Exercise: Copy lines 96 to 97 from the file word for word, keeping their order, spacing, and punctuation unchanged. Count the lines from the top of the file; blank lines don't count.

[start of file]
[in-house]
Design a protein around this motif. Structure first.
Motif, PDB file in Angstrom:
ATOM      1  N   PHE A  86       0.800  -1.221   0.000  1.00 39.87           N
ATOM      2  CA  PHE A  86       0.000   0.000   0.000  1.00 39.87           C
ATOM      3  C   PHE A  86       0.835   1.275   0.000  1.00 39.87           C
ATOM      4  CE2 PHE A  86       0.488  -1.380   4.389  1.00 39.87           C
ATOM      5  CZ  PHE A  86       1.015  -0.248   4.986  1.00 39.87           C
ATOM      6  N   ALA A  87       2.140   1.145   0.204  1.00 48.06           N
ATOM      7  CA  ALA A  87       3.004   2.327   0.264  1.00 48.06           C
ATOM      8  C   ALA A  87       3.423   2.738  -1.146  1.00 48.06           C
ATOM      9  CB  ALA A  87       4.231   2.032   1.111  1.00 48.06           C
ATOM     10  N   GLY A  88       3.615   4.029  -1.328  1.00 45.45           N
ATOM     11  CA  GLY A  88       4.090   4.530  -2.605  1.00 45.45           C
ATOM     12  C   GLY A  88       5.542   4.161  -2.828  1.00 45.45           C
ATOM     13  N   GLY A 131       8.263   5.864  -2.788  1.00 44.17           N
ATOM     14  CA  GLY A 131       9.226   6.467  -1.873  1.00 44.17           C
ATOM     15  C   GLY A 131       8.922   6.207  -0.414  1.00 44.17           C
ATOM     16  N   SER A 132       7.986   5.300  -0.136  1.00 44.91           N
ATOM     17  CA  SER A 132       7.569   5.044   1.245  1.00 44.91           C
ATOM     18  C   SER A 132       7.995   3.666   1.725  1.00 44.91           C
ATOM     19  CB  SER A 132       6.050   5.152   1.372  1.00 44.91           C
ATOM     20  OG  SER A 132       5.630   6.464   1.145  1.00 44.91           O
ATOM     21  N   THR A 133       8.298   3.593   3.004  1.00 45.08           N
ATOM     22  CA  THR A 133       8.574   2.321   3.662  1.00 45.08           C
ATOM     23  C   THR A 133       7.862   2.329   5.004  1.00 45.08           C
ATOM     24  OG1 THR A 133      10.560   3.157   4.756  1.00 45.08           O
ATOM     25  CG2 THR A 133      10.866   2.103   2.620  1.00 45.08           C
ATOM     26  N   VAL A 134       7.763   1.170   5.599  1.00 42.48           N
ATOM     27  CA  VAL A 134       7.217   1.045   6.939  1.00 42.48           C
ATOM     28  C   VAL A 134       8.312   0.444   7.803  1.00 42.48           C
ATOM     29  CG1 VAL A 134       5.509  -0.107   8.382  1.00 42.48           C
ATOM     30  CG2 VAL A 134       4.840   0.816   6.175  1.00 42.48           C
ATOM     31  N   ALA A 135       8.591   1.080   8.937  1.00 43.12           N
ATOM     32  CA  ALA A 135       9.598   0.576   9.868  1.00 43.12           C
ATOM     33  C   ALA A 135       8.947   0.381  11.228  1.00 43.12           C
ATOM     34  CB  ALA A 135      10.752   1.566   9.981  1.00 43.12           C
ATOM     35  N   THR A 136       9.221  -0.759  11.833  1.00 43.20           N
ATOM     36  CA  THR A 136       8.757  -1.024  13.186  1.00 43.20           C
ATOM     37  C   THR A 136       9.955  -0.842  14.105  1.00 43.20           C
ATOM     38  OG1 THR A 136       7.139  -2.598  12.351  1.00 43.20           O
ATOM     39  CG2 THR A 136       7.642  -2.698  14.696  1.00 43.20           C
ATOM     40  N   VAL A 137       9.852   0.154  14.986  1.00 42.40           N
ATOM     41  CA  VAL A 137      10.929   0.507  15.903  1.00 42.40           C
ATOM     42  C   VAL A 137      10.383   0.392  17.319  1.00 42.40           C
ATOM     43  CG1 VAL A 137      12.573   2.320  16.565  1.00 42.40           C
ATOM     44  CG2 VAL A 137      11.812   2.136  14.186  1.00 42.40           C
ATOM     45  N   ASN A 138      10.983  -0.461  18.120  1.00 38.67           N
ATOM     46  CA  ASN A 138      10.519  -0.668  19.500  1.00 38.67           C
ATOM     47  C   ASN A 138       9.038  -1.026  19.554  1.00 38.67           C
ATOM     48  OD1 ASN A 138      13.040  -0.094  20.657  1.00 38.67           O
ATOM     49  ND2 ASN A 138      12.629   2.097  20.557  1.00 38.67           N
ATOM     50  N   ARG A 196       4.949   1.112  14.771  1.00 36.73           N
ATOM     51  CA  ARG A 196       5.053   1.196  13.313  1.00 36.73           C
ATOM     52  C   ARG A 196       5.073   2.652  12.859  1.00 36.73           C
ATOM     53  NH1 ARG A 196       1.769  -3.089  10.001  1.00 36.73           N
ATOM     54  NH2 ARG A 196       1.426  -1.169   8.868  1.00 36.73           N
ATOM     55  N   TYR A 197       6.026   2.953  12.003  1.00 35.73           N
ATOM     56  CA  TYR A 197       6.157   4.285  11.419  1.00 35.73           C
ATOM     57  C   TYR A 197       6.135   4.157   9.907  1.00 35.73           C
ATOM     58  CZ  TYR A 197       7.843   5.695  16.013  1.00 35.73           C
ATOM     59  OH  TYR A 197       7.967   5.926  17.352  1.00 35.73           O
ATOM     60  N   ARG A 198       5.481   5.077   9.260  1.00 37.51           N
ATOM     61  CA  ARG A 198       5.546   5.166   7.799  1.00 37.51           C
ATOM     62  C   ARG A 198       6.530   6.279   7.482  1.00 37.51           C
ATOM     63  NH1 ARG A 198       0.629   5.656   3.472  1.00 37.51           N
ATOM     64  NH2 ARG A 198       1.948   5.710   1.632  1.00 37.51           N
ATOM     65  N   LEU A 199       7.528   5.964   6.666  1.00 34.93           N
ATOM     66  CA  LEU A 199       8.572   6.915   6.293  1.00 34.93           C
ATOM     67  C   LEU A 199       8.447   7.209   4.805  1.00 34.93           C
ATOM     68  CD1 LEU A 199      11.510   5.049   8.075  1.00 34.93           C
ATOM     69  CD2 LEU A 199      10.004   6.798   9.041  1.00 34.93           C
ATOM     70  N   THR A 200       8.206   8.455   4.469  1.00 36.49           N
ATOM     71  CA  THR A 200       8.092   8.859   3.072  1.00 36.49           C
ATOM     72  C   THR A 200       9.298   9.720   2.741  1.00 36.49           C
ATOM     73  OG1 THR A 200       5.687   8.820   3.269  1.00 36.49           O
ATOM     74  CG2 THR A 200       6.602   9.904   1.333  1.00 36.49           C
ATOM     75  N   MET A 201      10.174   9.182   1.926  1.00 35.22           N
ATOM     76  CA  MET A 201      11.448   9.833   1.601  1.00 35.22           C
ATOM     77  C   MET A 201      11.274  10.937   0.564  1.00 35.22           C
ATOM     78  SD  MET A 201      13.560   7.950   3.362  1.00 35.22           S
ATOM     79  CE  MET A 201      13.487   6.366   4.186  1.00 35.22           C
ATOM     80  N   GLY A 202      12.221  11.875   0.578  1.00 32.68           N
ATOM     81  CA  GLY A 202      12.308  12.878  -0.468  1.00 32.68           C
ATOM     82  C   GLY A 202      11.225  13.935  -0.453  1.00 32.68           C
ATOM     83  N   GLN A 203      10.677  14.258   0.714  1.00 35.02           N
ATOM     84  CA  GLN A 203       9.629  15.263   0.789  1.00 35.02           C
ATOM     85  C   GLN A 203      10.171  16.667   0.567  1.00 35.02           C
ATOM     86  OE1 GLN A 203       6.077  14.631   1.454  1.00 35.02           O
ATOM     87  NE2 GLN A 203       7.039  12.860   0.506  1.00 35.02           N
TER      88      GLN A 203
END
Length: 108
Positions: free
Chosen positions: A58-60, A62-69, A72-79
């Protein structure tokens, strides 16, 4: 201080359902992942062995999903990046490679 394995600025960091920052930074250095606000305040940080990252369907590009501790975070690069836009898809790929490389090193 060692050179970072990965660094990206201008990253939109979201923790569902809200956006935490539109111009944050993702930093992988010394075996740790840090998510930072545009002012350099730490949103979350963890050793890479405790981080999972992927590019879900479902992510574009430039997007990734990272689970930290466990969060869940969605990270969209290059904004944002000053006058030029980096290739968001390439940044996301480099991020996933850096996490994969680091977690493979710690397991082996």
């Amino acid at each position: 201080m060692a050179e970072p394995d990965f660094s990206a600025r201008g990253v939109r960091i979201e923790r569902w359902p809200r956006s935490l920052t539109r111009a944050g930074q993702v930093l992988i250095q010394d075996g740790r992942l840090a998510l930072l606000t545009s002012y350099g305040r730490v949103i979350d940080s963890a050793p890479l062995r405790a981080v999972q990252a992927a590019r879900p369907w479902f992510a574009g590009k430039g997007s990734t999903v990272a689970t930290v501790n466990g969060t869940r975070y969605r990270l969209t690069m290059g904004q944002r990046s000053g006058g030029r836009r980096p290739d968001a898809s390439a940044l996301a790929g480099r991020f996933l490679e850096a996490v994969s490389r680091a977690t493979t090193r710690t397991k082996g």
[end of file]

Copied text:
């Protein structure tokens, strides 16, 4: 201080359902992942062995999903990046490679 394995600025960091920052930074250095606000305040940080990252369907590009501790975070690069836009898809790929490389090193 060692050179970072990965660094990206201008990253939109979201923790569902809200956006935490539109111009944050993702930093992988010394075996740790840090998510930072545009002012350099730490949103979350963890050793890479405790981080999972992927590019879900479902992510574009430039997007990734990272689970930290466990969060869940969605990270969209290059904004944002000053006058030029980096290739968001390439940044996301480099991020996933850096996490994969680091977690493979710690397991082996």
């Amino acid at each position: 201080m060692a050179e970072p394995d990965f660094s990206a600025r201008g990253v939109r960091i979201e923790r569902w359902p809200r956006s935490l920052t539109r111009a944050g930074q993702v930093l992988i250095q010394d075996g740790r992942l840090a998510l930072l606000t545009s002012y350099g305040r730490v949103i979350d940080s963890a050793p890479l062995r405790a981080v999972q990252a992927a590019r879900p369907w479902f992510a574009g590009k430039g997007s990734t999903v990272a689970t930290v501790n466990g969060t869940r975070y969605r990270l969209t690069m290059g904004q944002r990046s000053g006058g030029r836009r980096p290739d968001a898809s390439a940044l996301a790929g480099r991020f996933l490679e850096a996490v994969s490389r680091a977690t493979t090193r710690t397991k082996g």